No plans to go to Italy this summer – no worries, I got you covered! With this tuna salad you’ll be transported to Tuscany any time you want without having to spend money on airfare, hotels, and the inevitable shopping that would ensue.
My inspiration for this dish came from one of my favorite Italian restaurants in the city – Bar Pitti. If you live in New York City, or are coming to visit, I highly recommend it. Delicious food, friendly staff, and an outdoor seating situation that just brings a smile to your face. (I’m talking a good 15 tables of people eating, drinking, and laughing together.) On their menu they have a dish called, Insalata Di Fagioli Tonno E Cipolla, or Italian Beans with Tuna and Onions, and this is my take on it.
But first, for those of you who don’t know how to cook, are scared of your stove, or use your oven to store your jewelry and/or sports paraphernalia – have no fear! This recipe is so simple even the most inept kitchen novice could master it. All you need is a cutting board, knife, can opener, bowl, and fork. Total ingredient count: 7. So stop your whining and get involved. You can thank me later…
- 1 6.7 oz jar tuna in olive oil
- 1 cup low-sodium cannellini beans
- 1/4 cup diced red onion
- 1 lemon, juiced
- 2 Tbsp chopped parsley
- salt and pepper to taste
- In a bowl, flake the tuna with a fork.
- Add the beans, onion, lemon juice, parsley, salt, and pepper. Mix to combine.
A FEW NOTES ABOUT THIS RECIPE:
- No, I did not make a mistake. It is that easy.
- Make sure to get tuna in olive oil, not water. I know, you might be frightened by the added calories and fat, but I assure you that not only is it worth it, but it will also not make a difference in the end. The olive oil adds such richness to the tuna that it does't require any additional olive oil or mayonnaise to stay moist. So instead of adding it later because that canned tuna in water is just too dry, you're having it done for you. It's a one-stop-shop, literally.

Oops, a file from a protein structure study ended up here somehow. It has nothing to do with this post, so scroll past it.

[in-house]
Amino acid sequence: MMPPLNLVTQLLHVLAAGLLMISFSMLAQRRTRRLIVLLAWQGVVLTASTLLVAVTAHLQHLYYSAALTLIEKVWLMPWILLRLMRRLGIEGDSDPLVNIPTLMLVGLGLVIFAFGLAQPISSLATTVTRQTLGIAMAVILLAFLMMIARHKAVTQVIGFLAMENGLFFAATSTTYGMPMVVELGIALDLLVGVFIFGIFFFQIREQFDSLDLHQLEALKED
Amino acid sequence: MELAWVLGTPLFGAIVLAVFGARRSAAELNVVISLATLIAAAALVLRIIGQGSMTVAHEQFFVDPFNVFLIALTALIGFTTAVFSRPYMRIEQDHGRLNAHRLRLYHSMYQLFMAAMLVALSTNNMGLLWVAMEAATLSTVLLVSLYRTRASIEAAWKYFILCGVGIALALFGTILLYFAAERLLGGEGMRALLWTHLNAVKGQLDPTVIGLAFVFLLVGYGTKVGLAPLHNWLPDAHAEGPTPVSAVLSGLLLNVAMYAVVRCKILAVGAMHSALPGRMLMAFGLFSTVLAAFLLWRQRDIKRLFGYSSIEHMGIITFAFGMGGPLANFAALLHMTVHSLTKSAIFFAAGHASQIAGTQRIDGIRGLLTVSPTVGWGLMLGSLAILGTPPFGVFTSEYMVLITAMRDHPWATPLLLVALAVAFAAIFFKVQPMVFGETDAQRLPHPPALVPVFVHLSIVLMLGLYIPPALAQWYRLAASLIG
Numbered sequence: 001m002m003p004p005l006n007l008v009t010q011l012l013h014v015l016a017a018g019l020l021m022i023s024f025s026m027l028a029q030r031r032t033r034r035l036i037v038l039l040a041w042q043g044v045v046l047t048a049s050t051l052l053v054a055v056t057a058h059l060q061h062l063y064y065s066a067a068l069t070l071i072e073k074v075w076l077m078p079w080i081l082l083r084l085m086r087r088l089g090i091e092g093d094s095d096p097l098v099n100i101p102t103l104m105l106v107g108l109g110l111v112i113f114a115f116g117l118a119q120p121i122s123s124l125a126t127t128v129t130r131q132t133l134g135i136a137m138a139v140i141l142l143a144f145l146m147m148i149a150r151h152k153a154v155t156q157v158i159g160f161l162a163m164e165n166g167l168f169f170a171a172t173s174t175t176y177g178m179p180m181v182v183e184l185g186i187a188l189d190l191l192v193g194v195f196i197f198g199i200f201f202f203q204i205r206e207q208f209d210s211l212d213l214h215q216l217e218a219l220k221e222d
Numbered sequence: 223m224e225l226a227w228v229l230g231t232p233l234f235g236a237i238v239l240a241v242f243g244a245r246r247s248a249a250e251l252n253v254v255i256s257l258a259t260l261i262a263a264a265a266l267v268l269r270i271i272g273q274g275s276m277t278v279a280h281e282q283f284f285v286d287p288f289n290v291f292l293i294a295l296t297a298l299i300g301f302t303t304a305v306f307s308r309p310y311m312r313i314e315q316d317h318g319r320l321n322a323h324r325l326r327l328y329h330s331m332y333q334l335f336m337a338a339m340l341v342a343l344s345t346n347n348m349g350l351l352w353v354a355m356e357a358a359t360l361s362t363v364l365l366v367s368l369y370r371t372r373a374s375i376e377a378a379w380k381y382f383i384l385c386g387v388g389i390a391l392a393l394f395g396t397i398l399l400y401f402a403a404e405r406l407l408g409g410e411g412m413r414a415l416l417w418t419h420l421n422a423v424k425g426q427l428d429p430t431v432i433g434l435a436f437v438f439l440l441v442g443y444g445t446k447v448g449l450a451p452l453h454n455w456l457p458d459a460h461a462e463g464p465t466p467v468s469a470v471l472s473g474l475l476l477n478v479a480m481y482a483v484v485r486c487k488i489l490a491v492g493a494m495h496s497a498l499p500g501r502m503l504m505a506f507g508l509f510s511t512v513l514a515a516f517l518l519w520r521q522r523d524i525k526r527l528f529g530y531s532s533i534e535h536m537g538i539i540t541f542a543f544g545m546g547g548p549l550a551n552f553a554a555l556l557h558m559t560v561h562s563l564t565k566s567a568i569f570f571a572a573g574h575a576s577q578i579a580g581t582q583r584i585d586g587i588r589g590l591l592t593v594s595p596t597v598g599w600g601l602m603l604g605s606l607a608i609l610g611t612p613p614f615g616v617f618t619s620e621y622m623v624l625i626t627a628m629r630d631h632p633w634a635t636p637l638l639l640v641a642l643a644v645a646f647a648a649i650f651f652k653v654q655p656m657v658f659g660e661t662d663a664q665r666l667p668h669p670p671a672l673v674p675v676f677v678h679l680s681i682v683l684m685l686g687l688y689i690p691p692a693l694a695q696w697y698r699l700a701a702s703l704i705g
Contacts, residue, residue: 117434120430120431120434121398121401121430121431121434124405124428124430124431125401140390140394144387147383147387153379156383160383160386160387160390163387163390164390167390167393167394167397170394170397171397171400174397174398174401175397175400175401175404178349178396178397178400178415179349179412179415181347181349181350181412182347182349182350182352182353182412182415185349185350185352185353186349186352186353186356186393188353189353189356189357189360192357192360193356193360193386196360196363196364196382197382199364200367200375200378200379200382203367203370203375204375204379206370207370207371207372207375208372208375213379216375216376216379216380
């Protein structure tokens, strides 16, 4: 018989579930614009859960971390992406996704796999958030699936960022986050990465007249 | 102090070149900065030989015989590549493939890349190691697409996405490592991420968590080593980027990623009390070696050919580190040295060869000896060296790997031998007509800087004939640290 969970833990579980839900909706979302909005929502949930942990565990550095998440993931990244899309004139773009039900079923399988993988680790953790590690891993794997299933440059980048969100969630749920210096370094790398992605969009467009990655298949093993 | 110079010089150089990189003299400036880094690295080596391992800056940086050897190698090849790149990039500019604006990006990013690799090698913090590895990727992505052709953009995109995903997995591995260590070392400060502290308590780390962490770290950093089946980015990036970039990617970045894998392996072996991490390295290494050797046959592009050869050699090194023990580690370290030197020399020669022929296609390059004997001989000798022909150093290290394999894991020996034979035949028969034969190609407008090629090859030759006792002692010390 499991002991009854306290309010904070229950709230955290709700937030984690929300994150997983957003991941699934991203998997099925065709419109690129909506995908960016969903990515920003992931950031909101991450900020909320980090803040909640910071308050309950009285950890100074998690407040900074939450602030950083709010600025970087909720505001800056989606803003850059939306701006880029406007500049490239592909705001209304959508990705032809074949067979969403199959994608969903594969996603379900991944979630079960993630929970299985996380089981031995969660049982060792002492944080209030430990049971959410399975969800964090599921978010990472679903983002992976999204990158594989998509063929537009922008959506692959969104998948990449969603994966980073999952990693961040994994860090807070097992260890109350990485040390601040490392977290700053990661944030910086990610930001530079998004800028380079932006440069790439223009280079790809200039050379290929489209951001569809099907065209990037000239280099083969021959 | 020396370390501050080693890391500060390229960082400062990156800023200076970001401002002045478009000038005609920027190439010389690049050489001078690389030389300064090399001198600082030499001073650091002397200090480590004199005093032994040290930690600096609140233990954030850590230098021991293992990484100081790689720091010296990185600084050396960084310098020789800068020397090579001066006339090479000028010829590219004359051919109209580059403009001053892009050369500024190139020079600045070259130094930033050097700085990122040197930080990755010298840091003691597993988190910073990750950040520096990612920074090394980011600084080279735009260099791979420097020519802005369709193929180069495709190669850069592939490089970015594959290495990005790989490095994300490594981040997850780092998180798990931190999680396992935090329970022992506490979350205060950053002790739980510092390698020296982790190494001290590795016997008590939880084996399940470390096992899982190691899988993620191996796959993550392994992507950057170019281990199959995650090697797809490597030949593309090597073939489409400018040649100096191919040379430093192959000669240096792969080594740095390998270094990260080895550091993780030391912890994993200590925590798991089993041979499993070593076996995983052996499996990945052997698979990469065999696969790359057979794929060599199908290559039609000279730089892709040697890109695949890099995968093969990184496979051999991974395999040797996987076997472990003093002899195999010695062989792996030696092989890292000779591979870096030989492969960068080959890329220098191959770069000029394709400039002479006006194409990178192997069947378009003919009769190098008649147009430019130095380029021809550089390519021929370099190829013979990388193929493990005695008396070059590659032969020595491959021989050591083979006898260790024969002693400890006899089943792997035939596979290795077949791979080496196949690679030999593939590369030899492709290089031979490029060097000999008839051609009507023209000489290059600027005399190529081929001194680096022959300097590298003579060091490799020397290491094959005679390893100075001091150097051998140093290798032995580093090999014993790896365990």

- If you can't find low-sodium cannellini beans, like me, don't sweat it! Just rinse them through before using. That way, you can still control the level of salt in your dish. Note the "salt and pepper to taste" in the ingredient list.
- Quick tip: To get the most out of your lemon, roll it before juicing. That way, you release the juice from the pulp, making it easier to extract as much juice once you cut into it.
- When I say, "salt and pepper to taste," I really mean it. Add a little bit at a time, and taste as you go. There is no right answer. For me, it came to about 1/8 tsp salt and about 7 turns on my pepper grinder.
This recipe is not only simple, but it is also versatile. Iterations include, but are not limited to...
...a salad: Add it to your favorite greens and any add-ons you like. Like my lunch! (see picture above)
...an open-faced sandwich: Put it on top of some avocado slices and a piece of whole grain toast.
...an hors d'oeurves: For your next cocktail party, serve little portions in endive leaves. Embarrassingly easy, yet unequivocally elegant. It's a win-win.
...a snack: Grab a fork and eat it as-is!